How much has the publishing industry changed in six years?
March 6, 2014 | 12:25 pm
The publishing industry is rapidly changing. There are different startups, new e-readers, and self-publishers becoming millionaires. Literary agent Rachelle Gardner looks at the past six years and just how much things have changed in the publishing world in a post on Books and Such.
One of the most revealing statements from Gardner was just how much her views on self-publishing changed.
I wrote posts back then about how there was a stigma to self-publishing and I warned writers against it— if they wanted to be taken seriously. Now self-publishing is a normal and accepted option for writers.
Perhaps this is one of the biggest changes. It may even be that the turnaround in the perception of self-publishing is the reason that everything has happened: the explosion of e-readers and then tablets, digital distributors, and the rise of e-books. Perhaps that is stretching a little bit, but the changes are definitely there.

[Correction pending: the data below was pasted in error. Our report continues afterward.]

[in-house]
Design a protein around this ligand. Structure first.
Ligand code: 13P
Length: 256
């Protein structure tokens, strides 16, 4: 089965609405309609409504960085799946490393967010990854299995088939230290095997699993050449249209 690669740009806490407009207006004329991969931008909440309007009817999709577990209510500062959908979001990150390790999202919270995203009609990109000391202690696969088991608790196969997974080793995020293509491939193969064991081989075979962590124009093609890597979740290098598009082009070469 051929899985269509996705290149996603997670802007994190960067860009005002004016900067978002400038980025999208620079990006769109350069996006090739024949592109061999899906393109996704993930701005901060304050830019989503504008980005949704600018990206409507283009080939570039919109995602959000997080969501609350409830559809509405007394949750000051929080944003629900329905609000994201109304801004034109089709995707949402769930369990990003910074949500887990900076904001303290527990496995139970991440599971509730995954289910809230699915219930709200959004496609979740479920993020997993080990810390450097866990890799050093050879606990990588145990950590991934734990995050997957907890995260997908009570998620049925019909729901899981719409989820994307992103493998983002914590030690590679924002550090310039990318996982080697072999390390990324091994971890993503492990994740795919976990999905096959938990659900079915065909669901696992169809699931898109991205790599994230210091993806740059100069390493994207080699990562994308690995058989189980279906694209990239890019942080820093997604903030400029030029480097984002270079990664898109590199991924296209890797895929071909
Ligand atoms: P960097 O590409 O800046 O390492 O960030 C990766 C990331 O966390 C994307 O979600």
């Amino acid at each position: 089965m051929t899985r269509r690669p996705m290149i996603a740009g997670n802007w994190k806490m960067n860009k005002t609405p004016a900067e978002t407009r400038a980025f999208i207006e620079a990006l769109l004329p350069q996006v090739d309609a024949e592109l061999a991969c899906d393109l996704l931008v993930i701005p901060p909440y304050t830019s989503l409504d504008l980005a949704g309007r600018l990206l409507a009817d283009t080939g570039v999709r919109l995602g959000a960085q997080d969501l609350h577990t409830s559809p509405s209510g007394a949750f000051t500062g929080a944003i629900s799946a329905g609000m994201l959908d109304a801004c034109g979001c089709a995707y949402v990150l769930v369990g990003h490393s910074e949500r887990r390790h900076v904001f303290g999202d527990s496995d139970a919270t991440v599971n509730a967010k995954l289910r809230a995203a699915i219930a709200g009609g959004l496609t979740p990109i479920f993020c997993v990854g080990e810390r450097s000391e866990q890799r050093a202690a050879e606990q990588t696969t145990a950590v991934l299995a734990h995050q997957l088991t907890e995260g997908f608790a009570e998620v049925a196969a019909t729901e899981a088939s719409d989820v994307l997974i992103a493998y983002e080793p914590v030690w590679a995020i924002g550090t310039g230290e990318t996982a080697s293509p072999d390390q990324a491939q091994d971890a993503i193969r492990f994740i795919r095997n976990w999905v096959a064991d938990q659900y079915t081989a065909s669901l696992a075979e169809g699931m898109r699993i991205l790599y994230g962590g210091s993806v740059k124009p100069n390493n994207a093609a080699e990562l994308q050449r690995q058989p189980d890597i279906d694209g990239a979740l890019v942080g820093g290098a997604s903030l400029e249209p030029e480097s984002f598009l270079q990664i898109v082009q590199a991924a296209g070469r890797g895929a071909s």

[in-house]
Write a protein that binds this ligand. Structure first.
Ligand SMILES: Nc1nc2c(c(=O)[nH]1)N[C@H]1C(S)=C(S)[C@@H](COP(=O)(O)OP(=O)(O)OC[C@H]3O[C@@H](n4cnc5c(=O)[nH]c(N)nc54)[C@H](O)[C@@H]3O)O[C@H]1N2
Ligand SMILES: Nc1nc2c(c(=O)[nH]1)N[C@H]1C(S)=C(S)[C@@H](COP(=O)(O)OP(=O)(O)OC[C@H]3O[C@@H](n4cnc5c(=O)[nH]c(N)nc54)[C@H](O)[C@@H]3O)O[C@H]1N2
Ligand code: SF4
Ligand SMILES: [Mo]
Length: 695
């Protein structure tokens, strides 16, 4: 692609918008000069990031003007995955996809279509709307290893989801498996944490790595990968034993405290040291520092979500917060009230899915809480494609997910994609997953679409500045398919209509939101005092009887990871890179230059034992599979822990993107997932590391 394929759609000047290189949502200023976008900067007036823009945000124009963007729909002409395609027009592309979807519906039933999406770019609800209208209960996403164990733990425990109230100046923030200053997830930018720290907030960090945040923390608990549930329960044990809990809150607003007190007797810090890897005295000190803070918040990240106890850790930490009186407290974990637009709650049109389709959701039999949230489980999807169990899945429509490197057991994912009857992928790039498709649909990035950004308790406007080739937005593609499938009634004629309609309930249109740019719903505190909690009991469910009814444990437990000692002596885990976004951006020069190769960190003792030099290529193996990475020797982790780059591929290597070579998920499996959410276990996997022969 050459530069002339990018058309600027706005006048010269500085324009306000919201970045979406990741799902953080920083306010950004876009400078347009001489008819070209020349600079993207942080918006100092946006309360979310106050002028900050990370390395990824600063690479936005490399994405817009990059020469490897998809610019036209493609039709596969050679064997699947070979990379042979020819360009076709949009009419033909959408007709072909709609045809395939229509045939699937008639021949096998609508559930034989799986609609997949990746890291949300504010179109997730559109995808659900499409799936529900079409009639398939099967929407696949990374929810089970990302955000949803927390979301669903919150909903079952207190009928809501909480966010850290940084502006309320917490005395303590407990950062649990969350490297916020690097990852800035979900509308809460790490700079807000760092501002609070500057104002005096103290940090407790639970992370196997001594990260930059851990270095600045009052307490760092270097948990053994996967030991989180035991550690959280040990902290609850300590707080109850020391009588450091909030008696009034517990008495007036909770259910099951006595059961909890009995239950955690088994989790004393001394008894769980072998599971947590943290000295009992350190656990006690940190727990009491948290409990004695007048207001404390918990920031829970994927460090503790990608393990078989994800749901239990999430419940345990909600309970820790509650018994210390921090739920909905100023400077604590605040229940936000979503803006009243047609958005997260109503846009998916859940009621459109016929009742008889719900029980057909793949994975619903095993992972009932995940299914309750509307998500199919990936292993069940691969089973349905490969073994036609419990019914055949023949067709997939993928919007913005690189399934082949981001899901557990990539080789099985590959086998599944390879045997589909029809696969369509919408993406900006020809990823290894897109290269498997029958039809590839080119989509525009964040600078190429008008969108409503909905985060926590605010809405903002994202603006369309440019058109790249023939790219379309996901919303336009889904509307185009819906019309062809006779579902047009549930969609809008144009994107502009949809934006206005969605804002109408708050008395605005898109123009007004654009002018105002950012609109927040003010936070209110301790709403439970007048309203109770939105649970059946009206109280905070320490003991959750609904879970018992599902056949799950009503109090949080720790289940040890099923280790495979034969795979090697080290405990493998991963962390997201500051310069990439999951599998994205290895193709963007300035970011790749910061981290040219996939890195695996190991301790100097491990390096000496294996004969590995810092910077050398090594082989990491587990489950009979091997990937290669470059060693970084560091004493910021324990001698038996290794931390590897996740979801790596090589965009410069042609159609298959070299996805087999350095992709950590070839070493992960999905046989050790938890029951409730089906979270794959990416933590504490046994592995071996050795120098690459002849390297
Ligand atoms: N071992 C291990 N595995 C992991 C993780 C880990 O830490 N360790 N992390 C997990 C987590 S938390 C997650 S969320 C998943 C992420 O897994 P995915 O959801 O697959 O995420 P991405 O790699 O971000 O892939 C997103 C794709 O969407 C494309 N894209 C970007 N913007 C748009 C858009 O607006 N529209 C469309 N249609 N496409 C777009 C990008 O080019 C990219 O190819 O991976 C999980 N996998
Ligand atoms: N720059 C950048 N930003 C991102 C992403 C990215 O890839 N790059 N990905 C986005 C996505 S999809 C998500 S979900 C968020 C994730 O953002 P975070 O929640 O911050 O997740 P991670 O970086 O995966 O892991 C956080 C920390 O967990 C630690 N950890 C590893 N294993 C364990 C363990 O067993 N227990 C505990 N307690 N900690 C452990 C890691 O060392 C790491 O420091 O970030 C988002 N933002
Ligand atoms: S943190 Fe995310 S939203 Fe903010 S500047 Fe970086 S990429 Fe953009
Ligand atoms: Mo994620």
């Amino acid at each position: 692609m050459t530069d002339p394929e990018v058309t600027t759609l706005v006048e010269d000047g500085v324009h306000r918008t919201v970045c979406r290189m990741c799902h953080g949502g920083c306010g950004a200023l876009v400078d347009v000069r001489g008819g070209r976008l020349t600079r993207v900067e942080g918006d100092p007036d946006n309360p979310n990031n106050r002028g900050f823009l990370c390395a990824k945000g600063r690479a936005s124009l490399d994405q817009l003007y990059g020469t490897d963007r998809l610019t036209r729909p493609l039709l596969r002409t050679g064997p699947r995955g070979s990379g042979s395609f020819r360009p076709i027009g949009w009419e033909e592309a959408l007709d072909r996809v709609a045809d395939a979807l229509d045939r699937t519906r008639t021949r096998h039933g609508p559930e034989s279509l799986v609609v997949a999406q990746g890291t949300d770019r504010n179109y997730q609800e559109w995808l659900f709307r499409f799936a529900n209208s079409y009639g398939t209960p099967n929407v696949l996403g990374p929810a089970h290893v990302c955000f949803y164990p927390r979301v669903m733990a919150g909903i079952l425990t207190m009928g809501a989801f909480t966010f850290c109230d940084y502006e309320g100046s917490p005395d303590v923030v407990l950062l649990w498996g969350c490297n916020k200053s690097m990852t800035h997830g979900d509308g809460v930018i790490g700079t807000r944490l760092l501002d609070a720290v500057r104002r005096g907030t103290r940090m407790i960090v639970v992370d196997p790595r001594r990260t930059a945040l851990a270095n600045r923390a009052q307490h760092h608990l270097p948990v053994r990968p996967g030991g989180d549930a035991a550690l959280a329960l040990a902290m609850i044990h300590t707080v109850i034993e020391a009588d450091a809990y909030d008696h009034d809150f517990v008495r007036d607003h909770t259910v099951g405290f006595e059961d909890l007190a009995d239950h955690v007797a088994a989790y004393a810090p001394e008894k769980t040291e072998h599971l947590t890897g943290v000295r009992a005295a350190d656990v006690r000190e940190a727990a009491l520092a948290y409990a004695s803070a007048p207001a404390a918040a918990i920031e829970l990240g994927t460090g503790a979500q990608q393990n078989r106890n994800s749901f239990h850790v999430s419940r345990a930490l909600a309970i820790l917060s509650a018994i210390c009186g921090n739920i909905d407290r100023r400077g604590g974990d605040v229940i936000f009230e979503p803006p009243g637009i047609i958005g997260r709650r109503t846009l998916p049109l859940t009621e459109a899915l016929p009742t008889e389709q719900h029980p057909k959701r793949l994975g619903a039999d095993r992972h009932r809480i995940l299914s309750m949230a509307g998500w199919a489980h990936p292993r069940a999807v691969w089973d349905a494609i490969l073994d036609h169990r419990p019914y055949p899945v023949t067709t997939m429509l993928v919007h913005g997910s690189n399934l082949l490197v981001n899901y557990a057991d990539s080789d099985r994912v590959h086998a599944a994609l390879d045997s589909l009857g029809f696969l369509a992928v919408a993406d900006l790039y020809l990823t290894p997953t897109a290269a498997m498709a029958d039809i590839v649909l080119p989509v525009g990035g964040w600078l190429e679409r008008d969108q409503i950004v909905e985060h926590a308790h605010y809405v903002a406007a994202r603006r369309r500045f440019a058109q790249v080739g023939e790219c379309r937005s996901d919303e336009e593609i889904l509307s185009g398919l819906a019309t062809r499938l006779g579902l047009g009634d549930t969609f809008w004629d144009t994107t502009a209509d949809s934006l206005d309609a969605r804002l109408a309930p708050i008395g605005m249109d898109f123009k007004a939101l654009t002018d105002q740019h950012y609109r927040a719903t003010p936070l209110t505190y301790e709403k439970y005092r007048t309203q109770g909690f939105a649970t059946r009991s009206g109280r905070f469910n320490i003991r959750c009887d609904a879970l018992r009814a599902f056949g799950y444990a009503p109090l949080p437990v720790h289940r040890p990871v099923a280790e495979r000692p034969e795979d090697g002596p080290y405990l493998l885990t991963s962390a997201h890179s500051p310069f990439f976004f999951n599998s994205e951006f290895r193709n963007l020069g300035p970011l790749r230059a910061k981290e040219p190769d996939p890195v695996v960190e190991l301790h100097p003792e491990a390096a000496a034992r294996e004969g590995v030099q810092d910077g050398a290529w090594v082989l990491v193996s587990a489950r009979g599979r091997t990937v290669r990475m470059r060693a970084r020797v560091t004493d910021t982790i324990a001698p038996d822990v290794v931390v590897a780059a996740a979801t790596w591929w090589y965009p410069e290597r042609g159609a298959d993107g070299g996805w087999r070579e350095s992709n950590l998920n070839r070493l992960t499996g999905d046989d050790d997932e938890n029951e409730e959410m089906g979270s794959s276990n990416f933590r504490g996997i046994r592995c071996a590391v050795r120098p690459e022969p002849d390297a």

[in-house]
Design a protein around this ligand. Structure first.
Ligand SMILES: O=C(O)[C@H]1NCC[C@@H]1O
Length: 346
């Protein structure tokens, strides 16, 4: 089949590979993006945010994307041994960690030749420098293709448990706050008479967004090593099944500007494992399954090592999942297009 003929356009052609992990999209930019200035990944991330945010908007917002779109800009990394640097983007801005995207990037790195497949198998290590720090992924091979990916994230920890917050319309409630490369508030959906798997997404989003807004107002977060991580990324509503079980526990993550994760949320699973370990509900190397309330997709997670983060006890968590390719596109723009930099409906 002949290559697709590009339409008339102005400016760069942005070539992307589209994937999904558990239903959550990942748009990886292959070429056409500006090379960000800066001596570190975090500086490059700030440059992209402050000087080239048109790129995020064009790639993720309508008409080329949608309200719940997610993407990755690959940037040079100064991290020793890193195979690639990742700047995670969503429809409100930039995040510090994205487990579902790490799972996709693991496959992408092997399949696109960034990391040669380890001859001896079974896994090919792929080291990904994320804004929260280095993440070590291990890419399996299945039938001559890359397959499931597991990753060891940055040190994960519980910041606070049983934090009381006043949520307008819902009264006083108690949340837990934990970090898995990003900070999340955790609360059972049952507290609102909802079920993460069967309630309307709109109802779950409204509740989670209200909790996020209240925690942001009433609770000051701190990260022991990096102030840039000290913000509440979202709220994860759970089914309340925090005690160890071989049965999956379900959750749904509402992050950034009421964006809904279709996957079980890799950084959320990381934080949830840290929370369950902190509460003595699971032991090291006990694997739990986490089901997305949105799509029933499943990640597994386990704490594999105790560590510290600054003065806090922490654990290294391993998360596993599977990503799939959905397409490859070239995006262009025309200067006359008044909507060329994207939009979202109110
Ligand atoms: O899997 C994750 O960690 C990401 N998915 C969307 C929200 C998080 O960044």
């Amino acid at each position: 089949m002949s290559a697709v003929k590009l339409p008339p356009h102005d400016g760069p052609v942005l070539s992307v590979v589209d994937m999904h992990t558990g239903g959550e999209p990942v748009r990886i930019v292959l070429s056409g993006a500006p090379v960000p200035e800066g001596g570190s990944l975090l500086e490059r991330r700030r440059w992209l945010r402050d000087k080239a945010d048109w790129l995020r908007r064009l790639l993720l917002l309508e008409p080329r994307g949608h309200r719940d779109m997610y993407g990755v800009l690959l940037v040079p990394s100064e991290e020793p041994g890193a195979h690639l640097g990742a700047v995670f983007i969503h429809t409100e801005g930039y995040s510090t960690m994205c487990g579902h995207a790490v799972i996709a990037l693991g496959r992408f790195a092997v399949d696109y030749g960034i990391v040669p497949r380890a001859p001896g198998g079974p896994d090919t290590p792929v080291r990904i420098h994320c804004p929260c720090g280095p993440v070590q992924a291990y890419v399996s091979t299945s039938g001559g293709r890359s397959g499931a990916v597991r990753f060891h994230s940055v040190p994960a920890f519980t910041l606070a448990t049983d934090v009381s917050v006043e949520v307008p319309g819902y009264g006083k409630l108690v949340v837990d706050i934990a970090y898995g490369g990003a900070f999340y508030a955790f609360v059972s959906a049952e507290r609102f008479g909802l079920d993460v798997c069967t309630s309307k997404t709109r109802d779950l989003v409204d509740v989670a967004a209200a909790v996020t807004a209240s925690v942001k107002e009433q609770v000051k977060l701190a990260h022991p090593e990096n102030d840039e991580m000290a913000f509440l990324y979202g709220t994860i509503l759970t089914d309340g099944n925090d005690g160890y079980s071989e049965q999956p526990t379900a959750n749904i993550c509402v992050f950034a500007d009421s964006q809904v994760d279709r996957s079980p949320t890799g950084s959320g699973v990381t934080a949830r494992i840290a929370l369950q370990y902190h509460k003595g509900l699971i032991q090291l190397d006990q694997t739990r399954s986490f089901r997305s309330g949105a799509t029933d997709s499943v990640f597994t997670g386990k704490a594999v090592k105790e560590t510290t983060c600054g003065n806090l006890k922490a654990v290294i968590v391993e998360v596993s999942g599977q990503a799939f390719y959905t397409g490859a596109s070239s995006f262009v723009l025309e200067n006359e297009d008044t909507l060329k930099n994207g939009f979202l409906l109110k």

Here are some of the examples Gardner points out:
- The closing of Borders was an epic blow to the industry, many independent bookstores have closed, and pundits frequently discuss the future of Barnes & Noble.
- Several small publishers went out of business; even larger publishers are at risk with the bankruptcy filing of Houghton Mifflin Harcourt in 2012.
- E-books grew substantially in terms of their proportion of overall book sales, and the percentage of people owning e-readers is continuing to rise.
- The price of books became a huge issue as the low cost of self-published e-books and low publisher promotional prices began to affect consumers’ willingness to pay full-price for books.
It’s interesting to see one person’s view on of things have changed in such a short time.
What are some of the changes that you have noticed in the last six years?